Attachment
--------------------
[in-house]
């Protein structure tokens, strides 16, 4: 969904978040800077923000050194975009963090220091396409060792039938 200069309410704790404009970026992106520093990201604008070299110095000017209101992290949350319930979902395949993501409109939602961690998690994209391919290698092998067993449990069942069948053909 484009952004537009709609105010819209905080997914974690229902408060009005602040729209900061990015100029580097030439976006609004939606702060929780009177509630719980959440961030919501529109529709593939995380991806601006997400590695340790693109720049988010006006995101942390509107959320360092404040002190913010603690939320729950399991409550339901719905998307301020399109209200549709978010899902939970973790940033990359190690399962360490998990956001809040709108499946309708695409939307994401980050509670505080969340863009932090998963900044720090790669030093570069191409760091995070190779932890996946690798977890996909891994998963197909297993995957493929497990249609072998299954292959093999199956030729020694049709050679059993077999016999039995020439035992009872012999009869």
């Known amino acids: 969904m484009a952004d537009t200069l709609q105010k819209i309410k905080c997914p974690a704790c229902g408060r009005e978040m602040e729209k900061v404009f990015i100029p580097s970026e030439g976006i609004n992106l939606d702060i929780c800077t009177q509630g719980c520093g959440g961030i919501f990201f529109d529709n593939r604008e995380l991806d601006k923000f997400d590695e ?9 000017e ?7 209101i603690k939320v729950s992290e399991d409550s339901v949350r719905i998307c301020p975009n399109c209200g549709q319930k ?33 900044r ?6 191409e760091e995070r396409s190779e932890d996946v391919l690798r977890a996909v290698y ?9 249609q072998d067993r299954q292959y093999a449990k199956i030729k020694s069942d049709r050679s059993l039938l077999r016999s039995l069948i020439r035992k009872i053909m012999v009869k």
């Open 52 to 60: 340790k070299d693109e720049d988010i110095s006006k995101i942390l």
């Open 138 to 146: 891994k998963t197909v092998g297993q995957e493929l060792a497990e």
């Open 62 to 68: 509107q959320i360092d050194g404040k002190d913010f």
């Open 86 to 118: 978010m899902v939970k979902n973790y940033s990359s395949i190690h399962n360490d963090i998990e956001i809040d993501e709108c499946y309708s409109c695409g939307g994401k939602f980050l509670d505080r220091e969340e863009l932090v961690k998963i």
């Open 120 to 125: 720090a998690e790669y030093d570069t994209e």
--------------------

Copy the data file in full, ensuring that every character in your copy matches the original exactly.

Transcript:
[in-house]
């Protein structure tokens, strides 16, 4: 969904978040800077923000050194975009963090220091396409060792039938 200069309410704790404009970026992106520093990201604008070299110095000017209101992290949350319930979902395949993501409109939602961690998690994209391919290698092998067993449990069942069948053909 484009952004537009709609105010819209905080997914974690229902408060009005602040729209900061990015100029580097030439976006609004939606702060929780009177509630719980959440961030919501529109529709593939995380991806601006997400590695340790693109720049988010006006995101942390509107959320360092404040002190913010603690939320729950399991409550339901719905998307301020399109209200549709978010899902939970973790940033990359190690399962360490998990956001809040709108499946309708695409939307994401980050509670505080969340863009932090998963900044720090790669030093570069191409760091995070190779932890996946690798977890996909891994998963197909297993995957493929497990249609072998299954292959093999199956030729020694049709050679059993077999016999039995020439035992009872012999009869």
């Known amino acids: 969904m484009a952004d537009t200069l709609q105010k819209i309410k905080c997914p974690a704790c229902g408060r009005e978040m602040e729209k900061v404009f990015i100029p580097s970026e030439g976006i609004n992106l939606d702060i929780c800077t009177q509630g719980c520093g959440g961030i919501f990201f529109d529709n593939r604008e995380l991806d601006k923000f997400d590695e ?9 000017e ?7 209101i603690k939320v729950s992290e399991d409550s339901v949350r719905i998307c301020p975009n399109c209200g549709q319930k ?33 900044r ?6 191409e760091e995070r396409s190779e932890d996946v391919l690798r977890a996909v290698y ?9 249609q072998d067993r299954q292959y093999a449990k199956i030729k020694s069942d049709r050679s059993l039938l077999r016999s039995l069948i020439r035992k009872i053909m012999v009869k």
């Open 52 to 60: 340790k070299d693109e720049d988010i110095s006006k995101i942390l």
């Open 138 to 146: 891994k998963t197909v092998g297993q995957e493929l060792a497990e």
């Open 62 to 68: 509107q959320i360092d050194g404040k002190d913010f």
């Open 86 to 118: 978010m899902v939970k979902n973790y940033s990359s395949i190690h399962n360490d963090i998990e956001i809040d993501e709108c499946y309708s409109c695409g939307g994401k939602f980050l509670d505080r220091e969340e863009l932090v961690k998963i």
């Open 120 to 125: 720090a998690e790669y030093d570069t994209e």